Here’s how gas prices could average $5 per gallon in the near future

Should crude oil prices continue on the trajectory they’ve been following since March 1, the average price for a gallon of gas across America could hit $5 a lot sooner than anyone expects, following Russia’s invasion of Ukraine.

The average price per gallon was $4.06 on Monday, according to AAA, an increase of 45 cents in the past week. (The average price in California is already $5.34.) And with rising demand, lower supply and increasing crude prices, the next price barrier could be tested soon.

Crude is the largest component in the retail price of gasoline, according to the U.S. Energy Information Administration, making up 43% of the average price as of 2020 (which is lower than the 56% it made up from 2011-2020).

Between March 1 and March 7, the cost of U.S. oil (as measured by WTI Crude oil prices) spiked from $97.41 per barrel to $118.72 as of 11:00 a.m. ET. That’s largely because of concerns about Russia’s invasion of the Ukraine. (Of the roughly 100 million barrels of crude used per day around the world, approximately 10 million come from Russia. Escalating sanctions from the European Union and U.S. could prevent that oil from entering the market.)

Using a formula developed by BizFluent, a business-oriented social network, if WTI crude prices hit $140 and stay there, a $5 average would be a very real possibility.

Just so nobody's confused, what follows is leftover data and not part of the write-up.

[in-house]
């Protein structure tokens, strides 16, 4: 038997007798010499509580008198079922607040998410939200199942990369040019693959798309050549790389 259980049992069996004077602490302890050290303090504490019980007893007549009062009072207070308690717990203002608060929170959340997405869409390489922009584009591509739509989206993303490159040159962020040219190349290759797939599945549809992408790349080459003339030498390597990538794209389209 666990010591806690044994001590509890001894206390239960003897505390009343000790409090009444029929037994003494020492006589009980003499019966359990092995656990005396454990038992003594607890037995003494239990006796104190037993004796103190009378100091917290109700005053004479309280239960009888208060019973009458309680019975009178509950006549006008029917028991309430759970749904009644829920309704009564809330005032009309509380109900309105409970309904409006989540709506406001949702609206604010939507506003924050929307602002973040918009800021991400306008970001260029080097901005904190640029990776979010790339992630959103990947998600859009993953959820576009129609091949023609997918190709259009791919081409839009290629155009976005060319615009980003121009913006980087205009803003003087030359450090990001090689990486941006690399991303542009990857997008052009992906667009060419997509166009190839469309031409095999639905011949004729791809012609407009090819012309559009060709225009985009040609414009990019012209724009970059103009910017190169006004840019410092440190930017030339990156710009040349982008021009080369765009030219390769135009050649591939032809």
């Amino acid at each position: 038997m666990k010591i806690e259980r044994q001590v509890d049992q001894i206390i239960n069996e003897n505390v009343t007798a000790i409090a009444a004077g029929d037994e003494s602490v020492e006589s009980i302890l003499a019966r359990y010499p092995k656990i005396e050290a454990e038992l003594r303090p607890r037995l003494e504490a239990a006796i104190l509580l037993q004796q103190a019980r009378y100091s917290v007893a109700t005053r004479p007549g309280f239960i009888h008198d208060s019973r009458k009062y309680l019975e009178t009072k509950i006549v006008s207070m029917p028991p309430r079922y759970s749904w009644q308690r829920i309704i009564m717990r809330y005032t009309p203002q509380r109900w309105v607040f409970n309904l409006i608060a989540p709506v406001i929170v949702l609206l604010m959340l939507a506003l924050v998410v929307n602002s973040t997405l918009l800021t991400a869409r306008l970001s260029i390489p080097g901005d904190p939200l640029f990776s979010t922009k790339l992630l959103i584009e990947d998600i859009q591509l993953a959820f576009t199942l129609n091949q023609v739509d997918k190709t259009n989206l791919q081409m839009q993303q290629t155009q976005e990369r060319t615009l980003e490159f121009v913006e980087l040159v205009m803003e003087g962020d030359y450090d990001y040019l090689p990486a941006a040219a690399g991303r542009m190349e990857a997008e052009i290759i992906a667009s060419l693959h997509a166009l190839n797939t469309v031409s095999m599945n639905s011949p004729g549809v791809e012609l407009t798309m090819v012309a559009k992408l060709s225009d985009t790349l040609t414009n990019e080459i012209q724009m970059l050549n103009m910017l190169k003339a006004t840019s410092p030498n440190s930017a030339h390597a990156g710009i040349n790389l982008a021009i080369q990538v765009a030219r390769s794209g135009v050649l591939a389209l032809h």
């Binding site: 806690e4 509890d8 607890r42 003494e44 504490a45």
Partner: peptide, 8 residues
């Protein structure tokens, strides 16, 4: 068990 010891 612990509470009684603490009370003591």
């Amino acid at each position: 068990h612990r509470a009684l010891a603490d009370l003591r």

By the end of this week, Patrick De Haan, head of petroleum analysis at GasBuddy, a gas price tracking service, says he expects the national average price per gallon to be as high as $4.25. (The record, as gauged by GasBuddy, was $4.10 in 2008, the equivalent of $5.25 per gallon when adjusted for inflation.) And while he notes that the situation is extremely volatile, De Haan doesn’t believe most of the country will see $5.

“It’s hard to give any assurance on where we’re going, how high we’ll get and when we will get there,” he said on a YouTube Q&A Monday. “Most of the areas east of the Rockies are at low risk for some of the apocalyptic numbers like $5 and $6 per gallon…This is something that could change very quickly, but I don’t see that in most areas of the country just yet.”

There is some potential good news, though. While WTI Crude did surge above $130 briefly on Monday, it quickly fell back down to current levels. And some gas price experts say we could be getting close to a ceiling on crude prices.

Crude oil’s not the only factor impacting retail prices, either. Some senators have called for the suspension of the federal gas tax, which could reduce the price of gas by 18.4 cents per gallon.

And while the Russia-Ukraine conflict is the largest influencer on gas prices right now, we’re also moving into Spring, which traditionally sees prices increase anywhere from 25 cents to 75 cents per gallon, according to GasBuddy.

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